Skip Ribbon Commands
Skip to main content
SharePoint

School-aged children are still growing. Growth requirements combined with physical activity play a role in determining nutritional needs.

Carbohydrates provide energy for the growing body. Carbohydrates are found mostly in grain foods. Aim to eat more whole grains because they are less processed. This means the vitamins, minerals and fiber are not lost during processing, so it is an overall healthier choice.

Protein also provides energy. In addition, it maintains and repairs body tissue and is especially important for growth. Protein is primarily found in meat, poultry, fish, eggs, beans, and dairy products.

There are a variety of vitamins and minerals which support growth and development during childhood and adolescence.

  • Calcium: a mineral that is needed to develop strong bones and teeth, help muscles contract, and support future bone health. Maximizing bone-mass gain during growth is an important strategy for decreasing the risk of osteoporosis because bone loss occurs as you age. Dairy foods like milk, cheese, and yogurt are excellent sources of calcium.
  • Iron: carries oxygen to the blood. Children need iron for expanding blood volume which is accompanied during periods of rapid growth. For girls, the beginning of menstruation in late childhood adds an extra demand for iron. Meats, fish, poultry, and enriched breads and cereals are the best sources of dietary iron.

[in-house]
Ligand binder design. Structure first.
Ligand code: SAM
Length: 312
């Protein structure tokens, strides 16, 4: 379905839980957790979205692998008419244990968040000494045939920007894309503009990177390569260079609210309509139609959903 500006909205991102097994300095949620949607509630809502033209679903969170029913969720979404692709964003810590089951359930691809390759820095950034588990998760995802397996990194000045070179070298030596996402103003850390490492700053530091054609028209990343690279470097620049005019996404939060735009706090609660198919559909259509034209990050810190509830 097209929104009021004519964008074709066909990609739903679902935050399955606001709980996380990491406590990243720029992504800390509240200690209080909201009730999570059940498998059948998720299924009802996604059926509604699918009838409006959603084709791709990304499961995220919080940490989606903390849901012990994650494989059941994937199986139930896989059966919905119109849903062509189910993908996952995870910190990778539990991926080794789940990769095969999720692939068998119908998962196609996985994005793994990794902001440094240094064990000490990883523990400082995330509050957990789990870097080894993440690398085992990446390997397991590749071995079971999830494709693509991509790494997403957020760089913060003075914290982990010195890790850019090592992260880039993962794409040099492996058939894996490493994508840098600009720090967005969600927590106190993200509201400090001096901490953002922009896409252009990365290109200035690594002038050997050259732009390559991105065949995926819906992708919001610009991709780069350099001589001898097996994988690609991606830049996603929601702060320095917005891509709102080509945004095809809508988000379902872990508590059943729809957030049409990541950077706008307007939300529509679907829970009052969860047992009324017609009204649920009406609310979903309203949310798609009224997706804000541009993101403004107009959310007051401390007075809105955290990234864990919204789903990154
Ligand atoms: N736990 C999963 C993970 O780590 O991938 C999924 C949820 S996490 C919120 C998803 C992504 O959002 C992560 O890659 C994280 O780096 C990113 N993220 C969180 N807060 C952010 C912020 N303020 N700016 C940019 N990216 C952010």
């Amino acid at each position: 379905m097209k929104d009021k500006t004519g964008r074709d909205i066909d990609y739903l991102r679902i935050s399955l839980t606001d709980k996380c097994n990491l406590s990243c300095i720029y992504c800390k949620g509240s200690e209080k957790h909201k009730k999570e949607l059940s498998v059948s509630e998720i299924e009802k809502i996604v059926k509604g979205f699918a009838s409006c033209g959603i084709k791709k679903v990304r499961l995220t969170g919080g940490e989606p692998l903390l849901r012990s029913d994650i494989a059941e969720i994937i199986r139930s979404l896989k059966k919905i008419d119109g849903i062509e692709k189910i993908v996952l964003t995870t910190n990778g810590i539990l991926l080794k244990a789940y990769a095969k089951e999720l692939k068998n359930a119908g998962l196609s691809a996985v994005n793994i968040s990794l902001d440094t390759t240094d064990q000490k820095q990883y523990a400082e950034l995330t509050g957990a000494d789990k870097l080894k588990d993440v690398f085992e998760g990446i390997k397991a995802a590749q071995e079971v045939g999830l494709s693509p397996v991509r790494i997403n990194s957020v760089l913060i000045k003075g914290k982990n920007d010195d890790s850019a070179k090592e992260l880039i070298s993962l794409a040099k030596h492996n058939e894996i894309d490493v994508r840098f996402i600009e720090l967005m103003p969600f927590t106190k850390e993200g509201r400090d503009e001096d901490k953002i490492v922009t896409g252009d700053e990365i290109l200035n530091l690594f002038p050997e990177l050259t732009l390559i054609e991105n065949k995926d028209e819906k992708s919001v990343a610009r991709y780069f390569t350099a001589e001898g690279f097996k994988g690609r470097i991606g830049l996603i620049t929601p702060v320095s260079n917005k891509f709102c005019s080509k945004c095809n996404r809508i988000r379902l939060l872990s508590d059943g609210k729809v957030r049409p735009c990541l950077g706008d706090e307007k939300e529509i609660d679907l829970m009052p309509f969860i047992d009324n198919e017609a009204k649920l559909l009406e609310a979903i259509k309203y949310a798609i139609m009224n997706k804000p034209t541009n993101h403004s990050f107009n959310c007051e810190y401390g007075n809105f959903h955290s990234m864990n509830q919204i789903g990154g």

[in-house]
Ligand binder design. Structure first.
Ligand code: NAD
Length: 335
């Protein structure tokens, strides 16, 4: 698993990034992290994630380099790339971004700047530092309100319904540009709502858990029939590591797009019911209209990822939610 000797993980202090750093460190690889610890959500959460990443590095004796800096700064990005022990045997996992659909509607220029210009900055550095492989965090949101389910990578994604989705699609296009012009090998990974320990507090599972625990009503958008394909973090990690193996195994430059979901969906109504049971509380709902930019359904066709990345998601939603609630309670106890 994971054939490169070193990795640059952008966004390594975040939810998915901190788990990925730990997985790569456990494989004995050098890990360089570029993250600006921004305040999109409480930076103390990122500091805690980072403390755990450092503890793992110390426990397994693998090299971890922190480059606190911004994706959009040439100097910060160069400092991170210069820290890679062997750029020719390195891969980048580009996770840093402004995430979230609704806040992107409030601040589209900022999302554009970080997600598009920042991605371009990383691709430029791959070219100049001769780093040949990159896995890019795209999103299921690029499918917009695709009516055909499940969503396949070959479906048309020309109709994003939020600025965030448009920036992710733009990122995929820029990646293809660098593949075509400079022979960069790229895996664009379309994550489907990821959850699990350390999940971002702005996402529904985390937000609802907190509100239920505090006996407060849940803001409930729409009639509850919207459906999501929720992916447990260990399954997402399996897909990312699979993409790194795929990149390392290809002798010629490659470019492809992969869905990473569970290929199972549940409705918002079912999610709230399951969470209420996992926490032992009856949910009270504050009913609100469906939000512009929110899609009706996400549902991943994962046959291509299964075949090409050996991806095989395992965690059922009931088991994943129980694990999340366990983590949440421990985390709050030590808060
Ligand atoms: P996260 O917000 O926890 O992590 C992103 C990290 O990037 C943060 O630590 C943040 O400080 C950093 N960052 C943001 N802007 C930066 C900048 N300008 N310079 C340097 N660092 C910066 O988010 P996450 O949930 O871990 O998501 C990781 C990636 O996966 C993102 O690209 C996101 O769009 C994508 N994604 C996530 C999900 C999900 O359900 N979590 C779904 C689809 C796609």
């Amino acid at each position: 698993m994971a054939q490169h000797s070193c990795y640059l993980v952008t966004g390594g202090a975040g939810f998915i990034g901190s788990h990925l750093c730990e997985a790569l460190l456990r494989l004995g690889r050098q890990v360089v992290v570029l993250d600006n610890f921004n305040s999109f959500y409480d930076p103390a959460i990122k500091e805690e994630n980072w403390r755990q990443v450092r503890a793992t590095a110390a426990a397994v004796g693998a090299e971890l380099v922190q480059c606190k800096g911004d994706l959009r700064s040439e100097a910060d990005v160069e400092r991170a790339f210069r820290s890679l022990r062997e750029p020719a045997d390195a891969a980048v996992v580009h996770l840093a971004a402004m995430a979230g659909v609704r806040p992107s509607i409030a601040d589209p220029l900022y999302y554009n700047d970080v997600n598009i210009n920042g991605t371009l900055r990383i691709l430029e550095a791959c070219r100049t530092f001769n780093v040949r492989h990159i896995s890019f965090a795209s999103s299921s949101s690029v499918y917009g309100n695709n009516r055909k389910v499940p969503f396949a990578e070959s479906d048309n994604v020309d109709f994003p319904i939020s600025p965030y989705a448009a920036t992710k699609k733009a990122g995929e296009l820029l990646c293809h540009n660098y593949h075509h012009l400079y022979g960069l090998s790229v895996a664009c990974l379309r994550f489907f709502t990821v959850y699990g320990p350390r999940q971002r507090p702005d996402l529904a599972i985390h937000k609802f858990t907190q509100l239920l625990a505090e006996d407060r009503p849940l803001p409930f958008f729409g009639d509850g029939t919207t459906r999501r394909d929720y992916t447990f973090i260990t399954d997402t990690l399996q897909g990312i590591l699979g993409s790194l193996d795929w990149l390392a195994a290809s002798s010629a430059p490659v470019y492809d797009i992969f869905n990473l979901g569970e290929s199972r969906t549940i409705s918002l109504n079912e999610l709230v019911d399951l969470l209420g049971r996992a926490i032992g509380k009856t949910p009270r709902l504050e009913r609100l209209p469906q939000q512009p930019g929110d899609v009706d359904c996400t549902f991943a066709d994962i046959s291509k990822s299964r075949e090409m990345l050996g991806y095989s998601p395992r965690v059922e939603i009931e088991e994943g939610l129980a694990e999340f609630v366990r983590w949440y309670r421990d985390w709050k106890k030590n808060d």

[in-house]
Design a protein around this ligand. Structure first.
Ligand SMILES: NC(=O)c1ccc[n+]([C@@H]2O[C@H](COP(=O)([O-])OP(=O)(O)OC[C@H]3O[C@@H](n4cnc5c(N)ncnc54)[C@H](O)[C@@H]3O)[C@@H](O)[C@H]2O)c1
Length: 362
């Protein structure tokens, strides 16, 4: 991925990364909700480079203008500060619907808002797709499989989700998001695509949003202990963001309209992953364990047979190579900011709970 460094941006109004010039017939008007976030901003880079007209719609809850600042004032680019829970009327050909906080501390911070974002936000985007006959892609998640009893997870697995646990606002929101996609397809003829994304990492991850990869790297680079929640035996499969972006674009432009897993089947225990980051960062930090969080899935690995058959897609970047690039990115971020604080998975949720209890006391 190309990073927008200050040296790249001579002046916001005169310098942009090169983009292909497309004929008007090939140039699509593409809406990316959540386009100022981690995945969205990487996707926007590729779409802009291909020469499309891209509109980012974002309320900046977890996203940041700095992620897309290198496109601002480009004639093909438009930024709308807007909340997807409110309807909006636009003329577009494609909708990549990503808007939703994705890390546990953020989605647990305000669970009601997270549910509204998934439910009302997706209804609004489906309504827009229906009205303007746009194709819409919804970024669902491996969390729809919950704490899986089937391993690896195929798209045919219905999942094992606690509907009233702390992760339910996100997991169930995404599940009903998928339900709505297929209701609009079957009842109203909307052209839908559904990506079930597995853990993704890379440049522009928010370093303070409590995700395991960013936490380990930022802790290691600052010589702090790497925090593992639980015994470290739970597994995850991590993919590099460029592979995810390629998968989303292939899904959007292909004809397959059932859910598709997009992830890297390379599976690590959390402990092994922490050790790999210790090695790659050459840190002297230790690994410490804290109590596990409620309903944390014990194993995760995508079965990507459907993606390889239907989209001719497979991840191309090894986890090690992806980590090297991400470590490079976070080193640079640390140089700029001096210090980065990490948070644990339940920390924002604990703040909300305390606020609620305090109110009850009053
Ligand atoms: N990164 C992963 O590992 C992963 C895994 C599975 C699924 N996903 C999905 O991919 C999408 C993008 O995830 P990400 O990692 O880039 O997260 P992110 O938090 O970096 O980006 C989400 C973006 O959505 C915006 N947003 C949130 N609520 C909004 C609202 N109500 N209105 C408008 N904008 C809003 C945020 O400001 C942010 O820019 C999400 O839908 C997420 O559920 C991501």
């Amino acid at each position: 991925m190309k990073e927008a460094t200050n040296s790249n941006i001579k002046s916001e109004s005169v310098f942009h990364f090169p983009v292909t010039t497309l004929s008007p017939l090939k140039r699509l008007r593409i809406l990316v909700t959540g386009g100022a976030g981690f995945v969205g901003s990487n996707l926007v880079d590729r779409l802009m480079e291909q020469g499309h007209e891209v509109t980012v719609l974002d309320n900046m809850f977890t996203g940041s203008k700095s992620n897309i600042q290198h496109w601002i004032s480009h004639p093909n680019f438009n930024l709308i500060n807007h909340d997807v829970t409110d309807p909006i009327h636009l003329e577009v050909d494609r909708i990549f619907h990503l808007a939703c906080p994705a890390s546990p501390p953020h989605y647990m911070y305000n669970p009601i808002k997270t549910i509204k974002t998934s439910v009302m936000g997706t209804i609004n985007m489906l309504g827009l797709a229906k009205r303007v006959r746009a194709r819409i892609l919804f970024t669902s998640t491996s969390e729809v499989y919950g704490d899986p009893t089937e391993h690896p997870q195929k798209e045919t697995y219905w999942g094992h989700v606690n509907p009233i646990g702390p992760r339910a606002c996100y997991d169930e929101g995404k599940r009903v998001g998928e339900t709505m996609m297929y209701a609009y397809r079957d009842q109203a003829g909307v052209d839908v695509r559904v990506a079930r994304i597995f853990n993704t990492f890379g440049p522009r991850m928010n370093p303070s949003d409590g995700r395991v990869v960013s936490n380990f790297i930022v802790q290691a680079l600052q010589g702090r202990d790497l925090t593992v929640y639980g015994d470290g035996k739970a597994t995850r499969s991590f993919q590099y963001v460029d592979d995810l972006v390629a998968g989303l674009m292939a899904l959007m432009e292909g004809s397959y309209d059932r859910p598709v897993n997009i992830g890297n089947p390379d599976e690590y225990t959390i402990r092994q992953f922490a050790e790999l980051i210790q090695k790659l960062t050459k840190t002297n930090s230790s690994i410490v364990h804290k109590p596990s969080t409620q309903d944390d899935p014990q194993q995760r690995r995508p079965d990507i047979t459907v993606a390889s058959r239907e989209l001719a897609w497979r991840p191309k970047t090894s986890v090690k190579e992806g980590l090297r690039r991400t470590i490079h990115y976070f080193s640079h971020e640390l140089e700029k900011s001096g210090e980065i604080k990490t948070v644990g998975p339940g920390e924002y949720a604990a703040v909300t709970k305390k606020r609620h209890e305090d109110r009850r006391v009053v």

• Vitamin D: helps the body absorb calcium and phosphorus to build and maintain strong bones. Vitamin D is naturally present in fatty fish, like salmon and tuna. The majority of Vitamin D in the US diet, however, comes from fortified milk, fortified cereals, and fortified orange juice. Adequate skin exposure to sunlight can also provide Vitamin D.
  • Vitamin A: important for normal growth, healthy skin and tissues, and bone development. It is also important for good vision. Since our bodies store Vitamin A, including a good source of this vitamin, such as cantaloupe, carrots, broccoli, and fortified cereal every other day will ensure an adequate intake.
  • Vitamin C: helps form bones, teeth, and healthy skin. It also helps maintain a healthy immune system and keep blood vessels strong. Since our bodies do not make Vitamin C, we need to eat foods, such as oranges, broccoli, strawberries, and tomatoes, every day.

Please refer to the links to the right for additional information and resources on the nutrient needs of school-aged children.

 Nutrition for School Aged Children
 Healthy Eating for Preschooler
 Nutrition for Adolescent Girls
 Nutrition for Adolescent Boys
 Vegetarian Nutrition for Children
 Calcium and Kids
 Vitamin D: What You Need to Know
 Vitamin A
 Vitamin C
 Iron: The Blood Builder
 Make Half Your Grains Whole
 USDA: My Plate
 National Dairy Council: The Dairy Connection
 American Dietetic Association: Eat Right